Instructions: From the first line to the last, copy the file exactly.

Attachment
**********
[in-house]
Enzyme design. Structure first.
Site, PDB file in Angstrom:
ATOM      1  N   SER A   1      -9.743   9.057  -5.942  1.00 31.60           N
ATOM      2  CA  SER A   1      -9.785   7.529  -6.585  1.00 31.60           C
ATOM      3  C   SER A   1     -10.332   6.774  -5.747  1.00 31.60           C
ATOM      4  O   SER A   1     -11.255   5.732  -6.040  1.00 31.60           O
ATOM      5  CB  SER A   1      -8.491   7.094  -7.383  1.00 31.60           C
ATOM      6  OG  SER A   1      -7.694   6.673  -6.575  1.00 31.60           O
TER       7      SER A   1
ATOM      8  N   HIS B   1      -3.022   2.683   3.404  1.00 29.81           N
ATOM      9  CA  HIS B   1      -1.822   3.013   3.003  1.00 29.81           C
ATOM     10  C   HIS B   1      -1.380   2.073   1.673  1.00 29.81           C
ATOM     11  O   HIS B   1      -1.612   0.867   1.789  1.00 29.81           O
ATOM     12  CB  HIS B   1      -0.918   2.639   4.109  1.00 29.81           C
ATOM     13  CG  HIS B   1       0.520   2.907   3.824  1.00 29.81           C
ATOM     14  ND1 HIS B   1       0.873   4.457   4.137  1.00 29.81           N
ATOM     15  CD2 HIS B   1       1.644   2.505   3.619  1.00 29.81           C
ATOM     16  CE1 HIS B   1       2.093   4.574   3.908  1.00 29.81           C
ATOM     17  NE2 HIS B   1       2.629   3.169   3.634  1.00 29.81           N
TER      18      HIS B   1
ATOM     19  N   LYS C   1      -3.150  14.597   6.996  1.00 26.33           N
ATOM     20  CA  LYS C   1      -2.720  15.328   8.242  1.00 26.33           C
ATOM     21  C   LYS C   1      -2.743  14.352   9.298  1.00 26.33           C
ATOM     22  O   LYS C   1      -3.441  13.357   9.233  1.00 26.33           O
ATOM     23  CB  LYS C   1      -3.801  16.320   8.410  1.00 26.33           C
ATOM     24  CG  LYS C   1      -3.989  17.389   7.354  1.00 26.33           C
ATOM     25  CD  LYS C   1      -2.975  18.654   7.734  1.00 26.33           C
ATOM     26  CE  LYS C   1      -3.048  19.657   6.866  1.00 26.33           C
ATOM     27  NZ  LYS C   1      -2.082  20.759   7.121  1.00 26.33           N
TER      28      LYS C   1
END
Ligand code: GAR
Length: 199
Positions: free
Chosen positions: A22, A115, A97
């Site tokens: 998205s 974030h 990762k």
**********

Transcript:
[in-house]
Enzyme design. Structure first.
Site, PDB file in Angstrom:
ATOM      1  N   SER A   1      -9.743   9.057  -5.942  1.00 31.60           N
ATOM      2  CA  SER A   1      -9.785   7.529  -6.585  1.00 31.60           C
ATOM      3  C   SER A   1     -10.332   6.774  -5.747  1.00 31.60           C
ATOM      4  O   SER A   1     -11.255   5.732  -6.040  1.00 31.60           O
ATOM      5  CB  SER A   1      -8.491   7.094  -7.383  1.00 31.60           C
ATOM      6  OG  SER A   1      -7.694   6.673  -6.575  1.00 31.60           O
TER       7      SER A   1
ATOM      8  N   HIS B   1      -3.022   2.683   3.404  1.00 29.81           N
ATOM      9  CA  HIS B   1      -1.822   3.013   3.003  1.00 29.81           C
ATOM     10  C   HIS B   1      -1.380   2.073   1.673  1.00 29.81           C
ATOM     11  O   HIS B   1      -1.612   0.867   1.789  1.00 29.81           O
ATOM     12  CB  HIS B   1      -0.918   2.639   4.109  1.00 29.81           C
ATOM     13  CG  HIS B   1       0.520   2.907   3.824  1.00 29.81           C
ATOM     14  ND1 HIS B   1       0.873   4.457   4.137  1.00 29.81           N
ATOM     15  CD2 HIS B   1       1.644   2.505   3.619  1.00 29.81           C
ATOM     16  CE1 HIS B   1       2.093   4.574   3.908  1.00 29.81           C
ATOM     17  NE2 HIS B   1       2.629   3.169   3.634  1.00 29.81           N
TER      18      HIS B   1
ATOM     19  N   LYS C   1      -3.150  14.597   6.996  1.00 26.33           N
ATOM     20  CA  LYS C   1      -2.720  15.328   8.242  1.00 26.33           C
ATOM     21  C   LYS C   1      -2.743  14.352   9.298  1.00 26.33           C
ATOM     22  O   LYS C   1      -3.441  13.357   9.233  1.00 26.33           O
ATOM     23  CB  LYS C   1      -3.801  16.320   8.410  1.00 26.33           C
ATOM     24  CG  LYS C   1      -3.989  17.389   7.354  1.00 26.33           C
ATOM     25  CD  LYS C   1      -2.975  18.654   7.734  1.00 26.33           C
ATOM     26  CE  LYS C   1      -3.048  19.657   6.866  1.00 26.33           C
ATOM     27  NZ  LYS C   1      -2.082  20.759   7.121  1.00 26.33           N
TER      28      LYS C   1
END
Ligand code: GAR
Length: 199
Positions: free
Chosen positions: A22, A115, A97
């Site tokens: 998205s 974030h 990762k």